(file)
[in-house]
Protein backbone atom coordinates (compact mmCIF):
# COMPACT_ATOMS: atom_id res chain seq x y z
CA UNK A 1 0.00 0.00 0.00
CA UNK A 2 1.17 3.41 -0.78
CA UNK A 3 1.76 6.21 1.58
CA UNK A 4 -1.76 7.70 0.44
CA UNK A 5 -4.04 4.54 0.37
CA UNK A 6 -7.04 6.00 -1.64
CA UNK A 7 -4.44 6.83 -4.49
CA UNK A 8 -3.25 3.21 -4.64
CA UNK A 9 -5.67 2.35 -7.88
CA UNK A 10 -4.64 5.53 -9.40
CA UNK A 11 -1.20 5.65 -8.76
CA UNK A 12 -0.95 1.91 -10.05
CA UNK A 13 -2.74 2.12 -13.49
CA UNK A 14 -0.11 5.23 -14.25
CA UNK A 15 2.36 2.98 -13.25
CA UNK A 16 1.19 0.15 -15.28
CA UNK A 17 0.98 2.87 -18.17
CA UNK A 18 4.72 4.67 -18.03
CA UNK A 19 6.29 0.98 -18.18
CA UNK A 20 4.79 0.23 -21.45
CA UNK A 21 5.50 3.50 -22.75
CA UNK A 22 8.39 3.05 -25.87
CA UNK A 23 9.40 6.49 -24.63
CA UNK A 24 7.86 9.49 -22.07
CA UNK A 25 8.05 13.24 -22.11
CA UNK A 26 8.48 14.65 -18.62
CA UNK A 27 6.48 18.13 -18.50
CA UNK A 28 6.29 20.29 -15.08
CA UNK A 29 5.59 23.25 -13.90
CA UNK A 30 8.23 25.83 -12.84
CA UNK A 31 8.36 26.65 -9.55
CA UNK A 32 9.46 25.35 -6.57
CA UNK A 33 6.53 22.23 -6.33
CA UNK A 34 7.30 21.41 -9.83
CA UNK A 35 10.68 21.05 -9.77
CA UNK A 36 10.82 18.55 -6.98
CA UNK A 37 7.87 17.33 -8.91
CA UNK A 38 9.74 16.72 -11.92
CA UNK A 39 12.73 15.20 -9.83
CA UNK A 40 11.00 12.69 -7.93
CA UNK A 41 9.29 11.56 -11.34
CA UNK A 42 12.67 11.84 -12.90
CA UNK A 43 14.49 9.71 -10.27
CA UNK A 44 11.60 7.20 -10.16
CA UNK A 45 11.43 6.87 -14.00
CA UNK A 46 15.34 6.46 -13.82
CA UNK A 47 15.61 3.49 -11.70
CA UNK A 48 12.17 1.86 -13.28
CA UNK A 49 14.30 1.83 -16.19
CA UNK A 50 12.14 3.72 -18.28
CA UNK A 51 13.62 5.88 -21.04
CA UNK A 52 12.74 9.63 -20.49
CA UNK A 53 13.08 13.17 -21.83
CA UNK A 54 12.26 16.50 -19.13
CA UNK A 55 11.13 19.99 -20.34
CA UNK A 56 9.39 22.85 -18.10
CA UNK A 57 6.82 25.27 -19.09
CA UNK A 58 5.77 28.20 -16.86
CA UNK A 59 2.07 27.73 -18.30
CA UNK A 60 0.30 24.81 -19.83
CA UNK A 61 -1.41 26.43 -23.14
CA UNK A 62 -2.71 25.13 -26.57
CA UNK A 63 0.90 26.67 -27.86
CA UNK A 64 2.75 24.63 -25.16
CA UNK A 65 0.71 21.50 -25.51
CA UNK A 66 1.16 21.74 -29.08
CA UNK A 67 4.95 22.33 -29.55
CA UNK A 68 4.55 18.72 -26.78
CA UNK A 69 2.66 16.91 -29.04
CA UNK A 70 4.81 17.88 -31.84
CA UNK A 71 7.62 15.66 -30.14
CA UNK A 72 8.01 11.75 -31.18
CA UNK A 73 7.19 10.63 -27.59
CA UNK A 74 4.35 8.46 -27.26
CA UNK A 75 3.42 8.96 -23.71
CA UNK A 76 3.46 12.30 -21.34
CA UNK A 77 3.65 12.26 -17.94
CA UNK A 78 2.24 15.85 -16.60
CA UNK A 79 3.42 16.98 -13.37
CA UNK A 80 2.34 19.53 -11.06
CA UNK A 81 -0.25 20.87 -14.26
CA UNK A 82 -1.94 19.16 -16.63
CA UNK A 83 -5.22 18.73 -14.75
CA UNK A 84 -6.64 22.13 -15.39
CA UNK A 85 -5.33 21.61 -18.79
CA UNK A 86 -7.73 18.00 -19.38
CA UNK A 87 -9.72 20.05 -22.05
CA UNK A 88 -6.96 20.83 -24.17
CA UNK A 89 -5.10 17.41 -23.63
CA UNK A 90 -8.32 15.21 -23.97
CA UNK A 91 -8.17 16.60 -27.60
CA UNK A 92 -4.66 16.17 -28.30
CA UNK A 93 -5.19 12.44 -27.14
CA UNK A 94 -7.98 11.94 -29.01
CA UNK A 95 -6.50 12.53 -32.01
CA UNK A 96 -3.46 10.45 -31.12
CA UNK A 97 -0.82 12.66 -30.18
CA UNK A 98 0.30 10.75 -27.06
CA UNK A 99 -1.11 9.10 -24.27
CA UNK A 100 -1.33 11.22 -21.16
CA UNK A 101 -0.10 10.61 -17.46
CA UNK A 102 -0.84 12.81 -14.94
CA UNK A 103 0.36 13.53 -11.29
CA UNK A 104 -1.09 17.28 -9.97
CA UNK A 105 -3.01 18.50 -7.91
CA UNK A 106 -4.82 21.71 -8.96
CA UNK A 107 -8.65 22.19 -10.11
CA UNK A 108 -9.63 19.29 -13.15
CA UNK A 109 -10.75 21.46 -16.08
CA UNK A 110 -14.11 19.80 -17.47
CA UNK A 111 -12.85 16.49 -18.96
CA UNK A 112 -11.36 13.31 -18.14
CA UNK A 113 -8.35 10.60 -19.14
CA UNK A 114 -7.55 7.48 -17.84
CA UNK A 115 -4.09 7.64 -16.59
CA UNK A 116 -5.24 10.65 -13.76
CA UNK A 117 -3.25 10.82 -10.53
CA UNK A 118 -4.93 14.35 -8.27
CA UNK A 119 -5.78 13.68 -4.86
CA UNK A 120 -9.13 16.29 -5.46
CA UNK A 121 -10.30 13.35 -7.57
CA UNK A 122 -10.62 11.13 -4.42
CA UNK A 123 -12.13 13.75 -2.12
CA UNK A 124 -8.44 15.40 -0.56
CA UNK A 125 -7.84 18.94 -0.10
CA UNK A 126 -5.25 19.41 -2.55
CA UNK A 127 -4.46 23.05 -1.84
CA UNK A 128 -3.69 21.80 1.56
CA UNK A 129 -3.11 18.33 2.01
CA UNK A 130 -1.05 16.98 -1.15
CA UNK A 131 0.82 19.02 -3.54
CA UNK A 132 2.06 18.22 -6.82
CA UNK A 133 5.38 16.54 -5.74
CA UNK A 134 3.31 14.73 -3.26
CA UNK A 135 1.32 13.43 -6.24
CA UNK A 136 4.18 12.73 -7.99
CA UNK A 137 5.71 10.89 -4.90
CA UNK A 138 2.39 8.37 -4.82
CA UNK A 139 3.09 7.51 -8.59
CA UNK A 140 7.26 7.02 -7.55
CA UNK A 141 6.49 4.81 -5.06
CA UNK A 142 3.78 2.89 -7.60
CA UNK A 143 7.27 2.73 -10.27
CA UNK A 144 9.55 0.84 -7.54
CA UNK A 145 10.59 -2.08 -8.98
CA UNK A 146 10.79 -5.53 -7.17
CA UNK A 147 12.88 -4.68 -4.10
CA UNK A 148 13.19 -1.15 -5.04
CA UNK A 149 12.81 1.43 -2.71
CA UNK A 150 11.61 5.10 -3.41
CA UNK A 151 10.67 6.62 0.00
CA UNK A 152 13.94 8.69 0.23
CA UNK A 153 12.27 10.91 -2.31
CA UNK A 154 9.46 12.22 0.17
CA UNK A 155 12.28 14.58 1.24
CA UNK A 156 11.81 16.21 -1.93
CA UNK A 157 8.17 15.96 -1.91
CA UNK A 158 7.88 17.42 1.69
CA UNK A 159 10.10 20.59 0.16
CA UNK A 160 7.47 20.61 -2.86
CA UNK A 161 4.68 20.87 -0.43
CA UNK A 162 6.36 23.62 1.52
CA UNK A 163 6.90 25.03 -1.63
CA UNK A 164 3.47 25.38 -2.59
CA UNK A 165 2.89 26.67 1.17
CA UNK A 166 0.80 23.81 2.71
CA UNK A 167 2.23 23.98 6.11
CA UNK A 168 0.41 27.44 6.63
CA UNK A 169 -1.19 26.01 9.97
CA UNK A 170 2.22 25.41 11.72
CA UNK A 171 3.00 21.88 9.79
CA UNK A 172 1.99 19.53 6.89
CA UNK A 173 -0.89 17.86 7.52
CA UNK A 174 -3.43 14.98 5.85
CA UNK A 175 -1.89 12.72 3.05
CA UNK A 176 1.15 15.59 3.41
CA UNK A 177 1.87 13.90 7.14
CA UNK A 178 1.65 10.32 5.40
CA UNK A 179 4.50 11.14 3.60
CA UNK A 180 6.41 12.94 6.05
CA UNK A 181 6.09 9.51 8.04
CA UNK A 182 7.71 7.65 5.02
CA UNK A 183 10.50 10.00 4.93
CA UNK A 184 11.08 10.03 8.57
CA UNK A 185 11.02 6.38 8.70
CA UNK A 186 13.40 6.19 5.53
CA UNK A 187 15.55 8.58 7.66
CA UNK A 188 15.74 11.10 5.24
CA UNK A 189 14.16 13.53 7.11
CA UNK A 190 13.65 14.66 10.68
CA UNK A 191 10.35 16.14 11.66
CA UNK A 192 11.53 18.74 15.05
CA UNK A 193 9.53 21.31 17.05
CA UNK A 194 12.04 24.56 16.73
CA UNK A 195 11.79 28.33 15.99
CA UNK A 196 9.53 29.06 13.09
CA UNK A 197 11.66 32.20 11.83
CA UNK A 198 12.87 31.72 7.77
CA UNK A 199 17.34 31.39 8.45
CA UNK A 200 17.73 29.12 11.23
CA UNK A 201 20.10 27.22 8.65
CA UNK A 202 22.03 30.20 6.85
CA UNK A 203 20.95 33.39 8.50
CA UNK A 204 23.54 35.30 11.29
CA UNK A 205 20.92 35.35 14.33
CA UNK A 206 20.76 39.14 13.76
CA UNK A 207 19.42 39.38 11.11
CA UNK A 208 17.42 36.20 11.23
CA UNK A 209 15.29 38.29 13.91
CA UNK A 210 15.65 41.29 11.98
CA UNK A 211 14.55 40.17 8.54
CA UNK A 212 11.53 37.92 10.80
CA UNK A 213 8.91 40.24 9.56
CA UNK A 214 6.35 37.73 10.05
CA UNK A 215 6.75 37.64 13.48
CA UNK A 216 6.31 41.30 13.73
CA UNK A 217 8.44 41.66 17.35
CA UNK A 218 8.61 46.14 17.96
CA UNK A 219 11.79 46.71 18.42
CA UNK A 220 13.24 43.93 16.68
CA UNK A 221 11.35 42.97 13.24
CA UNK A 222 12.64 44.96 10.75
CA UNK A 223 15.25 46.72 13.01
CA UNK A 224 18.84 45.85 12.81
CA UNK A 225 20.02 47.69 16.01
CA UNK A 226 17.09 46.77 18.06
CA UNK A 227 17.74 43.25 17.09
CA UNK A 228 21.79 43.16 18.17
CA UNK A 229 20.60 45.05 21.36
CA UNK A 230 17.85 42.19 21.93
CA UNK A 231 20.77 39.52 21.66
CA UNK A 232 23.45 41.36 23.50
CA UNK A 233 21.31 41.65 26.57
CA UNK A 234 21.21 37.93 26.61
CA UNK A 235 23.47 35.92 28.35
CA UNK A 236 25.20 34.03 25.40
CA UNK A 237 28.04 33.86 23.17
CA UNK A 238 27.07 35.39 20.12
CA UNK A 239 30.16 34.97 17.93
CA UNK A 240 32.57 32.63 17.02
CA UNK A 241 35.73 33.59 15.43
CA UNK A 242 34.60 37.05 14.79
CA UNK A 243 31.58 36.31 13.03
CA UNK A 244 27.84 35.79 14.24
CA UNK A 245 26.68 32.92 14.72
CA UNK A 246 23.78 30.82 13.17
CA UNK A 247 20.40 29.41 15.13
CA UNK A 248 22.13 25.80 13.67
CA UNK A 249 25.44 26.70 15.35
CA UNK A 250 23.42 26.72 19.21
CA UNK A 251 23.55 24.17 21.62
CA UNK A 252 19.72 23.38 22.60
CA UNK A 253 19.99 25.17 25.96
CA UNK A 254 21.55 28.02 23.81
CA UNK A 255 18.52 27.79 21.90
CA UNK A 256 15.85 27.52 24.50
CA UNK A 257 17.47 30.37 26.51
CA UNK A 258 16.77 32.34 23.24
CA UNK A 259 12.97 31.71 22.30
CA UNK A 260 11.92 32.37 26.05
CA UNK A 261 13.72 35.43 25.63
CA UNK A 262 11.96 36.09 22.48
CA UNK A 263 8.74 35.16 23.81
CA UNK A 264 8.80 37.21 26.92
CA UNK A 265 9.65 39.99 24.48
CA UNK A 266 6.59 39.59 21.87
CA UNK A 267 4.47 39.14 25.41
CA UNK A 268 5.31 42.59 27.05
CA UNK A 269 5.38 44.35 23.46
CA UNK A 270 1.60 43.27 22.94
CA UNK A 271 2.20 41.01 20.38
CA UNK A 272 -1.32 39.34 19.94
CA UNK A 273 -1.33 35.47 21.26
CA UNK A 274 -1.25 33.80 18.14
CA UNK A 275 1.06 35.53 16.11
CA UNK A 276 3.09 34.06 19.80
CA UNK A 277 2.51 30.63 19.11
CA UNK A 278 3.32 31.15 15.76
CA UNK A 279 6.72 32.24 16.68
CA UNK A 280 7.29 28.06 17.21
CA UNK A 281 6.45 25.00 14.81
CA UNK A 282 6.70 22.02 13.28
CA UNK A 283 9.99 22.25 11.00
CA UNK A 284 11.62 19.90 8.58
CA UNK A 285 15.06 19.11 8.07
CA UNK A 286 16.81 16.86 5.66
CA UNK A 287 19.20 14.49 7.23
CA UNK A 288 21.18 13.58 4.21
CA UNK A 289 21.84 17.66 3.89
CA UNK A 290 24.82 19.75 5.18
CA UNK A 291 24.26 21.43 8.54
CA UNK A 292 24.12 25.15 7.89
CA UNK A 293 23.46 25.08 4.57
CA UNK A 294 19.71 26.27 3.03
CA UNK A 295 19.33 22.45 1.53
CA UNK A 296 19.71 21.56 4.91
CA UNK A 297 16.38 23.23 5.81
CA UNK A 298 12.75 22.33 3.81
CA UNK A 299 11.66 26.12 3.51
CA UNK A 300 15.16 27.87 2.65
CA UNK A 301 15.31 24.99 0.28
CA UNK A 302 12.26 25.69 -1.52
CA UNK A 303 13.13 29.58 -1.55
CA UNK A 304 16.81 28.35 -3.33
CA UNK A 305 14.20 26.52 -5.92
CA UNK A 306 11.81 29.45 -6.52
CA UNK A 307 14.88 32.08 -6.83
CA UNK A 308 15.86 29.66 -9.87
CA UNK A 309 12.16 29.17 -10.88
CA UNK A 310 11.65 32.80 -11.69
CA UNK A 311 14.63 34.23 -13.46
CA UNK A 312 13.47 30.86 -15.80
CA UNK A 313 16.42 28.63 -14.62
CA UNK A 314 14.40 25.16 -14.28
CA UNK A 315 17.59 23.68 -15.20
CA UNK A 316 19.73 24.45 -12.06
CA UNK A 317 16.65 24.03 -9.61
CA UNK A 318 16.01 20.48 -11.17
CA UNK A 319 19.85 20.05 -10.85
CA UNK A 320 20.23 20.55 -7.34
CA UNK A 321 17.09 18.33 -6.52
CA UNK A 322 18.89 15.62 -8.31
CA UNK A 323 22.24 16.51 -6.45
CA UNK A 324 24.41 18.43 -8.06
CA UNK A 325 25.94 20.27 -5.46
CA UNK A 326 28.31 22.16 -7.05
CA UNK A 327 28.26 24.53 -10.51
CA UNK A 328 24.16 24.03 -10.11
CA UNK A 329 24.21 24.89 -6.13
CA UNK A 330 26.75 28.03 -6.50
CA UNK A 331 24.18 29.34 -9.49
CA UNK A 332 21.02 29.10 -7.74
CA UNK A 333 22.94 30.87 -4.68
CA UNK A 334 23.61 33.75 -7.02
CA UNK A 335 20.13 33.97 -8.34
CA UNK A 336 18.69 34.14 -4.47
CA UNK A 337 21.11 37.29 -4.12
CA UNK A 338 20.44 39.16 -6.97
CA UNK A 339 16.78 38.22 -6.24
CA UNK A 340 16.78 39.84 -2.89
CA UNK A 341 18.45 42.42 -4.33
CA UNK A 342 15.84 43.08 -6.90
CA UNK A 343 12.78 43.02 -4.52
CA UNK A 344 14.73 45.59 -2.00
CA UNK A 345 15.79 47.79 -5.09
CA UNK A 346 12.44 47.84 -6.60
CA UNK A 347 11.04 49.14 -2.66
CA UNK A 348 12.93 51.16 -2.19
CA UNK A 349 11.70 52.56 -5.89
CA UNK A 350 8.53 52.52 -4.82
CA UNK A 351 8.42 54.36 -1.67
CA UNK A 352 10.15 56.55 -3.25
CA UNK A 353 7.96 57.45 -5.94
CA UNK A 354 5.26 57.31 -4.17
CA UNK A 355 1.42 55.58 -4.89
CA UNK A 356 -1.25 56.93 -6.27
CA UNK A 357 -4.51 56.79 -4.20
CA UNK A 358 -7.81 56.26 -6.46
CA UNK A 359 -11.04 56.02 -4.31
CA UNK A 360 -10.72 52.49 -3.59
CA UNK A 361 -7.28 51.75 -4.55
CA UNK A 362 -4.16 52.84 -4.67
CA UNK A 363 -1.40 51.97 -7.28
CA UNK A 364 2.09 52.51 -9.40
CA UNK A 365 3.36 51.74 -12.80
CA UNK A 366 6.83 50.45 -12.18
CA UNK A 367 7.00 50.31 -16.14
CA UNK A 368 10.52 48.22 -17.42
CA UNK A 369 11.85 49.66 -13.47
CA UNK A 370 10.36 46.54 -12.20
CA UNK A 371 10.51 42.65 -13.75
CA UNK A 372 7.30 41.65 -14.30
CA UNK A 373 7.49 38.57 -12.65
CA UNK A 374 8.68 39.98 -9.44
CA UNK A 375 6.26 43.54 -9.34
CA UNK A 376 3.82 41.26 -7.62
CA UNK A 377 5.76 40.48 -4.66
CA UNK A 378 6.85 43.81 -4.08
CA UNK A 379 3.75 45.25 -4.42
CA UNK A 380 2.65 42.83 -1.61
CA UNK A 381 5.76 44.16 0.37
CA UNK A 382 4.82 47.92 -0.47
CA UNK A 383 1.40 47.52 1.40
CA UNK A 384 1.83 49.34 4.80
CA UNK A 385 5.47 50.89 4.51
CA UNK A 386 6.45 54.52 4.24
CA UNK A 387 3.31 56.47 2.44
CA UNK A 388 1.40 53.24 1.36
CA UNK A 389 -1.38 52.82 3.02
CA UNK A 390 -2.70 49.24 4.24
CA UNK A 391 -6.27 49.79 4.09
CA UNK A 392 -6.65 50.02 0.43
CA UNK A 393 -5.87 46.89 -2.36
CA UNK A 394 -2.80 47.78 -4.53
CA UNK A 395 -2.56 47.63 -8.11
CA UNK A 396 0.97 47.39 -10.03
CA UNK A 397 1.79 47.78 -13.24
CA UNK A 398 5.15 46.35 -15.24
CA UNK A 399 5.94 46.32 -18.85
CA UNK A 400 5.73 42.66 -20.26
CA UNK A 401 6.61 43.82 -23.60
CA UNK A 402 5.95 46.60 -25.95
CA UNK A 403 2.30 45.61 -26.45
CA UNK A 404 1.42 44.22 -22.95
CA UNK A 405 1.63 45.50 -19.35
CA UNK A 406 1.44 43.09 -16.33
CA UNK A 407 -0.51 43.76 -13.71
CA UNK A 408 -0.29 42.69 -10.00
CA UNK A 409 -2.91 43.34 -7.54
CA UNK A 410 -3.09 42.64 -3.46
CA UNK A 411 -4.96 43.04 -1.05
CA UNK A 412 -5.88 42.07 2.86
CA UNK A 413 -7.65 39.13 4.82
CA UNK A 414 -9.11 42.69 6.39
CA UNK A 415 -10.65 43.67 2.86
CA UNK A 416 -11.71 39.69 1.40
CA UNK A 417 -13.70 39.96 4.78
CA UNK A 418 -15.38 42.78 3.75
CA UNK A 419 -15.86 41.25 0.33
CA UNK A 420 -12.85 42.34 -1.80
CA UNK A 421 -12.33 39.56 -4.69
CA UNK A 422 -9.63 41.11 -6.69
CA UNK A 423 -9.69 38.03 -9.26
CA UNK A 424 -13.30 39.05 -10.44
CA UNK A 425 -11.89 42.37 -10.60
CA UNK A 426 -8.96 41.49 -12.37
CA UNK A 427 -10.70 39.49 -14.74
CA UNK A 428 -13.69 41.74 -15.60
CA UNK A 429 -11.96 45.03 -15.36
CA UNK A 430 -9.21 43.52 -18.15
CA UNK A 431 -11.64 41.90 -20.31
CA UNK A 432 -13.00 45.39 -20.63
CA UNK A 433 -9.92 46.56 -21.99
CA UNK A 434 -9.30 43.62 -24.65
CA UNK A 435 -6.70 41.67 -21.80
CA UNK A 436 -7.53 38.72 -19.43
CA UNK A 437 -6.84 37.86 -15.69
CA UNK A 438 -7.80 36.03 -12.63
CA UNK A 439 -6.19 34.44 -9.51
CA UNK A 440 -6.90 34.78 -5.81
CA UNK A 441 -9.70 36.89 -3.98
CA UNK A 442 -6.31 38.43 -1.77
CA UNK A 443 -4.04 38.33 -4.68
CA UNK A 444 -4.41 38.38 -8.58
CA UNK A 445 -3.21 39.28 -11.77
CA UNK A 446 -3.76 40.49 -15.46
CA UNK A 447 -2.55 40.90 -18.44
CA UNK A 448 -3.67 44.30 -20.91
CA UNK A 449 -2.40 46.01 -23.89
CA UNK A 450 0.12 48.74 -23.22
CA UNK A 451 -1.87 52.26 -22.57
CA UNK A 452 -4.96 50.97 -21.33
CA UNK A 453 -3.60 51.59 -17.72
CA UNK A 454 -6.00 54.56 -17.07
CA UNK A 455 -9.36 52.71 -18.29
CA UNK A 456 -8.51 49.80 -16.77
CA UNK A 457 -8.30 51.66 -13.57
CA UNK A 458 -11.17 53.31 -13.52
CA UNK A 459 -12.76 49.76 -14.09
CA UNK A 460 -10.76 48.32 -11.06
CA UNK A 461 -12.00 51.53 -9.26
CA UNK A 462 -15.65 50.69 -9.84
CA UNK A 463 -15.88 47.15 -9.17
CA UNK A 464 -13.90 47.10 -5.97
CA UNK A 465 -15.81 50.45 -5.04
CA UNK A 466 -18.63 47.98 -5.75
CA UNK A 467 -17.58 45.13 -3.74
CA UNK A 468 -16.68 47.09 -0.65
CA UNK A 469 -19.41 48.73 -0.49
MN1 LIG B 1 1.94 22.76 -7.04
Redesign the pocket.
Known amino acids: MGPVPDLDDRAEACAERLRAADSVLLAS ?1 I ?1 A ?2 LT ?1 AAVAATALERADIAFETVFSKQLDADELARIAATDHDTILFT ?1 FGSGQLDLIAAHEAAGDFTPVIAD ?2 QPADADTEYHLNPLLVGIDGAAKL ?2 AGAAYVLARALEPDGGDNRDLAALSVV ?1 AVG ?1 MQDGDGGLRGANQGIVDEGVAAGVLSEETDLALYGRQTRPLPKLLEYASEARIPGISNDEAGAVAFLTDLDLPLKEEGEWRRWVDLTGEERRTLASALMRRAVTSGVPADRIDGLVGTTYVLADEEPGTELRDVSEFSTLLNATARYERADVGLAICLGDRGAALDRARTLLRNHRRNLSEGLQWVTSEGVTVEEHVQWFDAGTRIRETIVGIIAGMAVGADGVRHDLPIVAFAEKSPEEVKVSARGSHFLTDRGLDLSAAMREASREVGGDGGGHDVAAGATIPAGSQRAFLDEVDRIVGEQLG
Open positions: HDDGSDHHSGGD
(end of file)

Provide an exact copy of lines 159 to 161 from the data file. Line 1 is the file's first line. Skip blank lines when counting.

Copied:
CA UNK A 156 11.81 16.21 -1.93
CA UNK A 157 8.17 15.96 -1.91
CA UNK A 158 7.88 17.42 1.69